SBJ/May 5-11, 2014/Media

When NFL Network looks at draft, it sees the Oscars

NFL Network may cater to the hard-core football fan more than any other media outlet, but its NFL draft coverage this week is designed to attract more casual fans.

The TV channel that is all things football plans to produce the draft’s first day Thursday as an awards show, complete with two reporters on the red carpet from Radio City Music Hall, camera time for some of the players’ mothers and even a live shot from space where astronauts will discuss the event.

“The NFL draft as an event touches everybody,” said Eric Weinberger, NFL Network’s executive producer. “It’s not just the hard-core football fan that is paying attention.”

The network’s executives point to the event’s TV viewership as evidence that it has been reaching more casual fans than some may think. Last year, NFL Network set viewer records when it averaged 1.5 million viewers on the draft’s first day, 973,000 on Day 2 and 611,000 on Day 3.

The NFL draft audience is the channel’s biggest of the offseason, and when added to ESPN’s viewership shows that the event has the potential to draw in more casual fans.

ESPN always brings in more viewers. Last year, ESPN averaged 6.2 million viewers on the draft’s first day and 3.2 million on Day 2; ESPN2 averaged 2.5 million viewers on Day 3.

NFL Network is seeing a corresponding jump in ad sales, which are pacing ahead of last year. The channel signed Verizon (for the draft), Lexus (“Draft Kickoff” shows), GM (“Path to the Draft” shows) and Bridgestone (“Total Access” after the event) as presenting sponsors.

This year’s event will be held in New York’s Radio City Music Hall. With 30 draftees attending the event, Weinberger said he wants to document everything from their arrival to their walk to the stage once they are selected.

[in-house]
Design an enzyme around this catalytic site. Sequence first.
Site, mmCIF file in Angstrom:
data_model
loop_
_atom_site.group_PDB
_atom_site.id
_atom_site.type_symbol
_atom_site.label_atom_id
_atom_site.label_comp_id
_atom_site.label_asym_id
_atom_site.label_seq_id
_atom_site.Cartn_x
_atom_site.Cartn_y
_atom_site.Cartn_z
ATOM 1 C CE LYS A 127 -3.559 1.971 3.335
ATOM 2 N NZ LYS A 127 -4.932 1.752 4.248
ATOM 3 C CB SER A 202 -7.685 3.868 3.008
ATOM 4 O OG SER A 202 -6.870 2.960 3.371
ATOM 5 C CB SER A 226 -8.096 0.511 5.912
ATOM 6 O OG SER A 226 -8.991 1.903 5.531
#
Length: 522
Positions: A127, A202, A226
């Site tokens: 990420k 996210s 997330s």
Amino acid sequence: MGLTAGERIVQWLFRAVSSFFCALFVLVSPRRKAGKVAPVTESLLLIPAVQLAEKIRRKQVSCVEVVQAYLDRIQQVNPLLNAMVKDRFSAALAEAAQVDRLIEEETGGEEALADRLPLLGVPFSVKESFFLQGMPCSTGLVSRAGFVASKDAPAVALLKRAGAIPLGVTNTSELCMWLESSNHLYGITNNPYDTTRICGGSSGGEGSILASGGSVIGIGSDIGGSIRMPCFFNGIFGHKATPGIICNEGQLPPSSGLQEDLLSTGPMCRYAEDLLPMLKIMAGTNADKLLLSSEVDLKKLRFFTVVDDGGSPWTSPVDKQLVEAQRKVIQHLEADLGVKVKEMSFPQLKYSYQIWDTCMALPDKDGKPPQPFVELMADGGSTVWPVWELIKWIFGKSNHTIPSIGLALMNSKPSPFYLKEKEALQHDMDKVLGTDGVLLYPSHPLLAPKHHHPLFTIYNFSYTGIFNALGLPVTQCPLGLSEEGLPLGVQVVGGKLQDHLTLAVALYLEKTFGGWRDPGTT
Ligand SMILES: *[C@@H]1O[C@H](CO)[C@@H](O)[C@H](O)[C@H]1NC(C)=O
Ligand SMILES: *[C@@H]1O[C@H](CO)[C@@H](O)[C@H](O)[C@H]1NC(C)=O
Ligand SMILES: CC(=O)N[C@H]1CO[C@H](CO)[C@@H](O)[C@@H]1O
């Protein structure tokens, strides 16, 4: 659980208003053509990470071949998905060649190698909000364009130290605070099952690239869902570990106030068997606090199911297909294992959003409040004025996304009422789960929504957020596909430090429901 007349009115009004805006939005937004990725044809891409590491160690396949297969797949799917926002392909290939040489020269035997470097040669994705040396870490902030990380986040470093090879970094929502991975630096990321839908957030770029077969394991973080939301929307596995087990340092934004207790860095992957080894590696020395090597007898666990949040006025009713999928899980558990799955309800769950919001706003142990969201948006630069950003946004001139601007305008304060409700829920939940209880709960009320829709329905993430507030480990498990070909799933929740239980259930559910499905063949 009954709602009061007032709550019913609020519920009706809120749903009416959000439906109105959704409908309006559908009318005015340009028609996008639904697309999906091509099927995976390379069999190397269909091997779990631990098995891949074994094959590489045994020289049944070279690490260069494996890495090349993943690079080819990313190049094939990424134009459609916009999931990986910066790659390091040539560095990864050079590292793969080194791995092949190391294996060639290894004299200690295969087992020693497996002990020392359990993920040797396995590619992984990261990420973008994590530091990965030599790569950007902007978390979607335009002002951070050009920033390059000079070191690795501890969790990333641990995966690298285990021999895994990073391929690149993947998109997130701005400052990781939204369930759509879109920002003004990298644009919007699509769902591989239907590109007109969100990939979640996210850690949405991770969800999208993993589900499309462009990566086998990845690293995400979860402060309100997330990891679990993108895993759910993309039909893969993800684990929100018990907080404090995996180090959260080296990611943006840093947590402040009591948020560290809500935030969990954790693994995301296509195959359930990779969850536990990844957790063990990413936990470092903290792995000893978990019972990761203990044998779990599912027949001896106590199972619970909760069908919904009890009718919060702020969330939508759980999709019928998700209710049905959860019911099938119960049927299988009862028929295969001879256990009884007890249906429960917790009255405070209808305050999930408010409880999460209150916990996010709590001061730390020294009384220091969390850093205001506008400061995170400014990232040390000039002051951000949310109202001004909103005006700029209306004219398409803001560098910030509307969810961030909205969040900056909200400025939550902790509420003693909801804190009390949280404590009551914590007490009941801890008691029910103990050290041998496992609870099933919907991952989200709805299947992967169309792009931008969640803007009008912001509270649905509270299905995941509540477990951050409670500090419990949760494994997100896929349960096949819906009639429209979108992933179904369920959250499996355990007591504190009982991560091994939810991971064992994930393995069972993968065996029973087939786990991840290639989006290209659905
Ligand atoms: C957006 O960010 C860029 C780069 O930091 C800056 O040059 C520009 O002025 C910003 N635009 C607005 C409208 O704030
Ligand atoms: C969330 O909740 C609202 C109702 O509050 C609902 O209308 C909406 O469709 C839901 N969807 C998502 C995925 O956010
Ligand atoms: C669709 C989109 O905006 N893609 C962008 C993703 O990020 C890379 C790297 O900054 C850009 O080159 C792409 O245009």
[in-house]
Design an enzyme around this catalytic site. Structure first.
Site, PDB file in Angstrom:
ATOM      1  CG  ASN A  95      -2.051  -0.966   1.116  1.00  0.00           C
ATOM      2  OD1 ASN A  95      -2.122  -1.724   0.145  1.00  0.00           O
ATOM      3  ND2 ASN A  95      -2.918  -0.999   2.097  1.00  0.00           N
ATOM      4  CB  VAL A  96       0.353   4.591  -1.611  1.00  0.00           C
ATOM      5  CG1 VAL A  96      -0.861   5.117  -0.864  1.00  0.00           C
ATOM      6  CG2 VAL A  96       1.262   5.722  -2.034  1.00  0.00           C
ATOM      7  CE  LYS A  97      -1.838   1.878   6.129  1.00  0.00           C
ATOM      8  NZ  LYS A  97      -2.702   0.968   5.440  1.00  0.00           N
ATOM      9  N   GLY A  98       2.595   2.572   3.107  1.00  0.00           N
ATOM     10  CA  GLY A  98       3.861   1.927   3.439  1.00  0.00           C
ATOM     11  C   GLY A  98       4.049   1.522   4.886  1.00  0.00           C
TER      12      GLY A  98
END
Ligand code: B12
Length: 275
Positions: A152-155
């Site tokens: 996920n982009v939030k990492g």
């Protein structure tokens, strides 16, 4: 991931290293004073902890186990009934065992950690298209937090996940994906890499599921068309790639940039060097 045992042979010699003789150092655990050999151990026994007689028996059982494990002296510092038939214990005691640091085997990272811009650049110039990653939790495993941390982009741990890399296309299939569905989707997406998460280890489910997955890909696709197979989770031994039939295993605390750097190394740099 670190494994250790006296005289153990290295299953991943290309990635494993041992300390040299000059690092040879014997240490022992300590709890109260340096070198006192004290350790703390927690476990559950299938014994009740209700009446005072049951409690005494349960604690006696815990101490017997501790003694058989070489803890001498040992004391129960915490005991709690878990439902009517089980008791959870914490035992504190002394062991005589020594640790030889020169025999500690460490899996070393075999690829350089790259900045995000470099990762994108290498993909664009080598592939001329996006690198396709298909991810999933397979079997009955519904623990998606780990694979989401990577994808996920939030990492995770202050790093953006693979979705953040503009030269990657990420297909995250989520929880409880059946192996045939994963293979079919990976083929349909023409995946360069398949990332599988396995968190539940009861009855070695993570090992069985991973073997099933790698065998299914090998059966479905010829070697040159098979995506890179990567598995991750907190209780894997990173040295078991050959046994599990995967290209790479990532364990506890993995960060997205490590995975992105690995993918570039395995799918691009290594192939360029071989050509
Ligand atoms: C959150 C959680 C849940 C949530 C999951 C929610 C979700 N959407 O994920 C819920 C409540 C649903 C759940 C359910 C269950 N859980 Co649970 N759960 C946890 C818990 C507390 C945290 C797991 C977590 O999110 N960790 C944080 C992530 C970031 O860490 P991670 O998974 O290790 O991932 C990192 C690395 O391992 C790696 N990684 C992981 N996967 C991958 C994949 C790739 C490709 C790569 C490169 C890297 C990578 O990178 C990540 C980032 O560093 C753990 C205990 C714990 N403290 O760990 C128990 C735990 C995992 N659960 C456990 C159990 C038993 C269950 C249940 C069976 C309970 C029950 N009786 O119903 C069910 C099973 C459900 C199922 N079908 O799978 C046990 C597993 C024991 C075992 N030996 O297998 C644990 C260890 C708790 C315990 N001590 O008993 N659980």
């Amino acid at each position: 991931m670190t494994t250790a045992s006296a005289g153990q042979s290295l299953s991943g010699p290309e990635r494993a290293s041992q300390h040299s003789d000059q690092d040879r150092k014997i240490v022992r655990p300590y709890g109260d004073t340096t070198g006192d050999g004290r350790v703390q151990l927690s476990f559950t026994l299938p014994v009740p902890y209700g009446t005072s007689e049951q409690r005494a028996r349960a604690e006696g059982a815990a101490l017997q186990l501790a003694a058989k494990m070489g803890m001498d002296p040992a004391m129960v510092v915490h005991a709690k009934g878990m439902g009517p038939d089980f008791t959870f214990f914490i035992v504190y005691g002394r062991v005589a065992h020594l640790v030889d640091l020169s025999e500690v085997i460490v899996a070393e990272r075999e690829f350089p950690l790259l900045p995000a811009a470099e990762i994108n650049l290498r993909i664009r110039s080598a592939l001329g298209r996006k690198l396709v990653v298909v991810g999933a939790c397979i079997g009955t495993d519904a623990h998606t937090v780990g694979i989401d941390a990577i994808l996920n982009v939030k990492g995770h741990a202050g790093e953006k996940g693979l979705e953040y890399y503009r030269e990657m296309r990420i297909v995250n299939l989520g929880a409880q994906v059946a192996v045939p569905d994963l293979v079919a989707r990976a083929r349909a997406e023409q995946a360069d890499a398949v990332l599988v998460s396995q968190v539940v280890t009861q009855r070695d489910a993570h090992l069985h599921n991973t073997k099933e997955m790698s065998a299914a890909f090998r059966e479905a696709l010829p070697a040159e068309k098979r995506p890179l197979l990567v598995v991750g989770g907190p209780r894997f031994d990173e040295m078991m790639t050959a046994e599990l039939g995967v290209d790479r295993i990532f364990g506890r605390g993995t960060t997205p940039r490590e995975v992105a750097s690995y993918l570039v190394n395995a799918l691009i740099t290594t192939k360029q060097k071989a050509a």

“It really becomes an awards show,” Weinberger said. “Much more time aesthetically is given to these kids going up on stage and saying hello to the commissioner. The sheer numbers of kids that are there — just their walk to the stage — takes up a lot of time and eats into some of the, maybe, overanalysis.”

The move to produce the NFL draft as an awards show has its roots from a couple of years ago, when the network stopped tipping picks on air. “We wanted to model it after the Academy Award, where you open the envelope and find out from that presenter who won,” Weinberger said. “For us, that is a big part of ‘eventizing’ this. We’ve tried to clear the stage and make it so that when the kid comes out to see the commissioner, it’s just the two of them.”

NFL Network will have Melissa Stark and Kevin Frazier at different spots on the red carpet outside Radio City, interviewing draftees as they arrive as part of an hourlong preshow. Because the draft is going to be held over Mother’s Day weekend, NFL Network is going to have the draftees walk the red carpet with their mothers.

The network will also have elements that cater to hard-core fans. Rich Eisen will host all three days. Deion Sanders will interview the top picks right after their selection. NFL Network’s analysts, including Mike Mayock, Marshall Faulk and Kurt Warner, will discuss the draft. Coaches Jimbo Fisher of Florida State, David Shaw of Stanford and Urban Meyer of Ohio State will be on camera from Radio City.

NFL Network hopes to have fixed cameras in as many as 17 team draft rooms (last year, it was in 15), and plans to have reports from 22 team parties. “While it is maybe a six- to 10-second shot, it is a glimpse for the fan,” Weinberger said. “What they expect out of NFL Network is access.”


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